The government has announced that from July patients discharged from hospitals will be digitally referred to their local pharmacy teams for healthcare support and medicines management.

The NHS Discharge Medicines Service (DMC) will help patients get the maximum benefits from new medicines by giving them the opportunity to ask questions to pharmacists and ensuring any concerns are identified as early as possible.

This is part of the Health Secretary’s vision of a ‘Pharmacy First’ approach to ease wider pressures on A&Es and General Practice.

Details of remuneration for pharmacy have not be made public although it has been said that the DMS is part of a raft of measures being rolled out in the second year of the five-year Community Pharmacy Contractual Framework, agreed in July 2019 between the NHS and the Pharmaceutical Services Negotiating Committee (PSNC).

Secretary of State for Health and Social Care Matt Hancock said: “I want all patients to get the right care close to home, and to avoid any unnecessary visits to hospital. To help do that I’ve begun the Pharmacy First programme, asking pharmacies to do more to support people in the community, as they do in other countries like France. It’s good for patients and great for the NHS because it reduces pressure on GPs and hospitals.

Secretary of State for Health and Social Care, Matt Hancock, is a strong proponent of French model of pharmacy. (Photo by JUSTIN TALLIS/AFP via Getty Images)

“These new services will help strengthen what community pharmacists can do, helping interrelation with General Practice and hospitals, and help them deliver safer, more efficient patient care right across the NHS.

“This new contract bolsters the enhanced role highly-skilled pharmacists are playing in preventing ill health and helping us to stay well in our communities.”

A recent audit of NHS hospital discharges showed that 79 per cent of patients were prescribed at least one new medication after being sent home.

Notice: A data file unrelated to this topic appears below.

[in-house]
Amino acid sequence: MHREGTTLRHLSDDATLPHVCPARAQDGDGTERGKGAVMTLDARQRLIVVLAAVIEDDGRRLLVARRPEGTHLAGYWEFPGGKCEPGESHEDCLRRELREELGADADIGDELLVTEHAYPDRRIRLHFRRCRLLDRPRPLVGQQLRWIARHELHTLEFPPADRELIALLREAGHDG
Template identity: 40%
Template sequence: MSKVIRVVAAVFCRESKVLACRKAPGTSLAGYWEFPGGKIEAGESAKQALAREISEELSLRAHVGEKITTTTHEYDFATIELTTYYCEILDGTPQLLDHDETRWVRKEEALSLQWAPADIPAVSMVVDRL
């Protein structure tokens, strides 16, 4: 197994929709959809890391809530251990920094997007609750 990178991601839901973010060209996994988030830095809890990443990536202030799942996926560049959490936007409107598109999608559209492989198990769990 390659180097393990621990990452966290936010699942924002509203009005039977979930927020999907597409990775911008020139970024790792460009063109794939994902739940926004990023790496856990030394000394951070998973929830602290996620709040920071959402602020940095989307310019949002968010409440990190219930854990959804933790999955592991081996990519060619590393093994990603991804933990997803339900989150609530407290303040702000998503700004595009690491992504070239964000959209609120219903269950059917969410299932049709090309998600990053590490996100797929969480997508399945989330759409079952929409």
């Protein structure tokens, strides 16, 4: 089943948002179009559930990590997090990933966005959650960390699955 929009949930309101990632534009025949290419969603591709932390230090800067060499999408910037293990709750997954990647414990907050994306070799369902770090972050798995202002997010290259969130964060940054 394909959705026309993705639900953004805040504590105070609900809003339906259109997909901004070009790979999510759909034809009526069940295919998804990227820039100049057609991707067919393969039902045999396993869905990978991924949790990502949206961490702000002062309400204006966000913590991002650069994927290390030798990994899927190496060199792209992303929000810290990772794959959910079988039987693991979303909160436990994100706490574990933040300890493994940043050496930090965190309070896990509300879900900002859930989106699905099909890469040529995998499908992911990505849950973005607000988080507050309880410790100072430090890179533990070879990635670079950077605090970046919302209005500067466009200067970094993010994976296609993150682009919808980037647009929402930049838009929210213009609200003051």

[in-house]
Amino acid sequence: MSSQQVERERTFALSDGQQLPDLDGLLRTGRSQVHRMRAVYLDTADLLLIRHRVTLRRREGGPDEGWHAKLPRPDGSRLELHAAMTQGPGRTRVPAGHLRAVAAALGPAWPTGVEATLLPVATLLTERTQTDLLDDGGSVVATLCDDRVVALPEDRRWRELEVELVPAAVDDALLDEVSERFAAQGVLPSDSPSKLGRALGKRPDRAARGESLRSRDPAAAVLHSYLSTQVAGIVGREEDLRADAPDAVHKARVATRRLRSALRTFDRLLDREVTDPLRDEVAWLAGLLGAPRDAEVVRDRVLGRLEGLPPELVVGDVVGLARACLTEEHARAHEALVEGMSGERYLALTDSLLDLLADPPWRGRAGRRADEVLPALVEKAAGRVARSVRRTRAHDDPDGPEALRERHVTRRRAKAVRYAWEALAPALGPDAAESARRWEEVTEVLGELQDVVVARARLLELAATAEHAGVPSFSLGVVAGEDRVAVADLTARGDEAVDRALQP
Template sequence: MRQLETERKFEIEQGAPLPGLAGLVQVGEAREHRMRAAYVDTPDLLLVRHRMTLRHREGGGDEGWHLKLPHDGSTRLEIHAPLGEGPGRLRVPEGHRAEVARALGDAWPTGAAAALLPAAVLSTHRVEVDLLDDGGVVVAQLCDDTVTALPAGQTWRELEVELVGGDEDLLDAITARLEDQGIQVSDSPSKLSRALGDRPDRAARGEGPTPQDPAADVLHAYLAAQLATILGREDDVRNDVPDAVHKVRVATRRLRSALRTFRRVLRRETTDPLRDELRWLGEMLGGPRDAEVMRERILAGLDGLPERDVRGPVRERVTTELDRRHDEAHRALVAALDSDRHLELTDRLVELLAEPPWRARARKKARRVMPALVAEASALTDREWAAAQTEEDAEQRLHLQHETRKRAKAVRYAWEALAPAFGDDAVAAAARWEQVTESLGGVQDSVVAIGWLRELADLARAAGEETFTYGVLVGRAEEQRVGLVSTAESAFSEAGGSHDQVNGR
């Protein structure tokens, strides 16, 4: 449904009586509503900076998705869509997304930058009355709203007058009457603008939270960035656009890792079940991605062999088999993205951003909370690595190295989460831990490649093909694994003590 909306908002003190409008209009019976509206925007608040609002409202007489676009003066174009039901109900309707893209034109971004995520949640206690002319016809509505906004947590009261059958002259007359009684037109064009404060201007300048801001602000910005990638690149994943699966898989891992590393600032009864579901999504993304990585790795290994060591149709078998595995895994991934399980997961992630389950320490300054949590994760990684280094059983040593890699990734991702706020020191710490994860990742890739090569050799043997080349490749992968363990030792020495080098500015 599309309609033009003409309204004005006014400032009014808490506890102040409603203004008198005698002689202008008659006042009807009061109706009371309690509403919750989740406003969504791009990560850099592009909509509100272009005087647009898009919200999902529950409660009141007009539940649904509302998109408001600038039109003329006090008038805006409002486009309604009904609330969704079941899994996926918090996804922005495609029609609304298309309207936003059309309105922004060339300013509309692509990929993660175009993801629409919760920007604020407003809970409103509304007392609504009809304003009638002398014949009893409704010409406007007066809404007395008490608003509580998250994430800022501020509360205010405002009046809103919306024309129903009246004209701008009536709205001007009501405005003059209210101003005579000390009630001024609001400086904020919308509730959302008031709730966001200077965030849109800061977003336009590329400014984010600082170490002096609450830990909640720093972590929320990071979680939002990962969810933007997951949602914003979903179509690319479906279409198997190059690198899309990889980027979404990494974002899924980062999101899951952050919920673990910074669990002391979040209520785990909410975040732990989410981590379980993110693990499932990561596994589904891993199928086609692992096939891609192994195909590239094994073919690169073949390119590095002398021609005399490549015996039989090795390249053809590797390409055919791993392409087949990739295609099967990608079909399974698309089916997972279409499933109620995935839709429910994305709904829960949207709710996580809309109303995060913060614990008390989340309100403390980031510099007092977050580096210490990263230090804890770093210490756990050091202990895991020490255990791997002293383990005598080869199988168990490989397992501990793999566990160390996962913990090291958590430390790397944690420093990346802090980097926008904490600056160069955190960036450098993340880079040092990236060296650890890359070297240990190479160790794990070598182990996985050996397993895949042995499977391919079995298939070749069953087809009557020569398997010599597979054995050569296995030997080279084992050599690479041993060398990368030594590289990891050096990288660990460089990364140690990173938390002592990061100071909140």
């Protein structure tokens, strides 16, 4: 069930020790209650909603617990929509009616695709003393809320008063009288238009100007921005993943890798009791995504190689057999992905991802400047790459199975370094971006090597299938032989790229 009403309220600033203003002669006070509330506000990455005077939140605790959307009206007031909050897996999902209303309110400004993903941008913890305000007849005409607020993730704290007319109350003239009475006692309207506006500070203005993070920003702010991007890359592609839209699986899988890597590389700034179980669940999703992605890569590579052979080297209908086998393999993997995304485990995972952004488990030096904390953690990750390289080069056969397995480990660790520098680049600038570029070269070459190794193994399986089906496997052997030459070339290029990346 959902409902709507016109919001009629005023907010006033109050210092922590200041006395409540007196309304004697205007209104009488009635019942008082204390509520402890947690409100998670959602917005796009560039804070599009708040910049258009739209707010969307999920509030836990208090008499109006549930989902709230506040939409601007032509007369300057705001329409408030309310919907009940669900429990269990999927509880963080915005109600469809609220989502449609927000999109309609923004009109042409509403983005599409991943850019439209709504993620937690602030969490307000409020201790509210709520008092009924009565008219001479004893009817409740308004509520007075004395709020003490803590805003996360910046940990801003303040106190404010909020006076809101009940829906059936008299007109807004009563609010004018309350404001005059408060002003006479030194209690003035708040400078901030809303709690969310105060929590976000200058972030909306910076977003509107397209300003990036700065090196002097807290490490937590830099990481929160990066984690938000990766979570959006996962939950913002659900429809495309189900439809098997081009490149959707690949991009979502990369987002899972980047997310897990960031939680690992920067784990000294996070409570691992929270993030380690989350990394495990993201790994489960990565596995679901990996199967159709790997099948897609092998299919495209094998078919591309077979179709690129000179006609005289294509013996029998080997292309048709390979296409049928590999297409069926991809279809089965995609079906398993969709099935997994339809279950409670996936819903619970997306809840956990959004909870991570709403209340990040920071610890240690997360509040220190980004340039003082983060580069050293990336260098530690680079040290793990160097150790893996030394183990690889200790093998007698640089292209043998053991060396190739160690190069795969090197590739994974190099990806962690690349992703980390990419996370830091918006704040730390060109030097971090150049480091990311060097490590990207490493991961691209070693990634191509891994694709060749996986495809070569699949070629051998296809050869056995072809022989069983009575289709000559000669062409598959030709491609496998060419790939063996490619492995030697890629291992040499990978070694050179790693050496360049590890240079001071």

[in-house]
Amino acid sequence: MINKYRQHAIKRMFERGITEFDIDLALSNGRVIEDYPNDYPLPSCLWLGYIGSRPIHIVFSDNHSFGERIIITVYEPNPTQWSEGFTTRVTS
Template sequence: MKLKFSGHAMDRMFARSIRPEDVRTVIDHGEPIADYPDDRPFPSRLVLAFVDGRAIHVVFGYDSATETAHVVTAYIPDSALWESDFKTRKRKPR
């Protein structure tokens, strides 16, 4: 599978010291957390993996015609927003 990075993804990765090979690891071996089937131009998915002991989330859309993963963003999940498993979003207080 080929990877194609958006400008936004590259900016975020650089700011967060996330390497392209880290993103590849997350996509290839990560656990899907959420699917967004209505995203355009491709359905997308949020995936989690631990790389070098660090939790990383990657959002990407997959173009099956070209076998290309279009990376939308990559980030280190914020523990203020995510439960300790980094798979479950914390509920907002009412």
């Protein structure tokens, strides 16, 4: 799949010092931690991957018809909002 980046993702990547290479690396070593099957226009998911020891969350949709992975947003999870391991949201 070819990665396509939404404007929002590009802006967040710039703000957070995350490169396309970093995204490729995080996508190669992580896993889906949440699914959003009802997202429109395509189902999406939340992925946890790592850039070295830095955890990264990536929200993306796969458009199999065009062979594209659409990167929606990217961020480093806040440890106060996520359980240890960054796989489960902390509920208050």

New prescriptions can sometimes cause side effects, or interact with existing treatments, potentially leading to readmission.

Previous local schemes around the country have demonstrated that patients who see their local pharmacy teams after they’ve been in hospital are less likely to be readmitted and will experience a shorter stay if they are.

Bruce Warner, NHS England deputy chief pharmaceutical officer, said the new Discharge Medicines Service will “make even better use of the valuable and extensive clinical skills of community pharmacists so that people can ‘walk in’ and get the health advice and help they need, providing an excellent foundation on which we can build for the future.”

The new service supports recent research by the National Institute for Health Research which shows people over 65 are less likely to be readmitted to hospital if they are given help with their medication after discharge.

Simon Dukes, CEO of the PSNC, said: “We know that lots of people get confused by changes made to their medicines while in hospital and this new NHS Discharge Medicines Service from community pharmacies will help people to understand which medicines they should be taking and why.

Pharmacists will also be able to offer people advice on how to get the most benefit from their medicines.

PSNC Chief Executive Simon Dukes: Discharge Medicines Service is a welcome development

“The service is a welcome development – people will be able to get advice about medicines close to their homes, reducing the likelihood of them being readmitted to hospital at a later date, thus saving the NHS millions of pounds each year. The service also links community pharmacies into the care of patients at a stressful time in their lives.”

The DMS is part of a plan to provide convenient local healthcare, particularly during winter, to help people stay well in their communities and avoid unnecessary trips to hospital, freeing up beds and resources for those most in need.

This includes the Community Pharmacist Consultation Service, which in its first 16 weeks referred over 176,000 patients with minor illnesses or urgent medication needs to a pharmacist for a booked consultation through NHS111.

Ed Waller, NHS England director of primary care strategy and NHS contracts, said: “This agreement will deliver significant benefits to our patients as they are offered more health services closer to home and more personalised help with their medicines than ever before, with health care professionals across communities supported to work more closely together, as part of our NHS Long Term Plan.”

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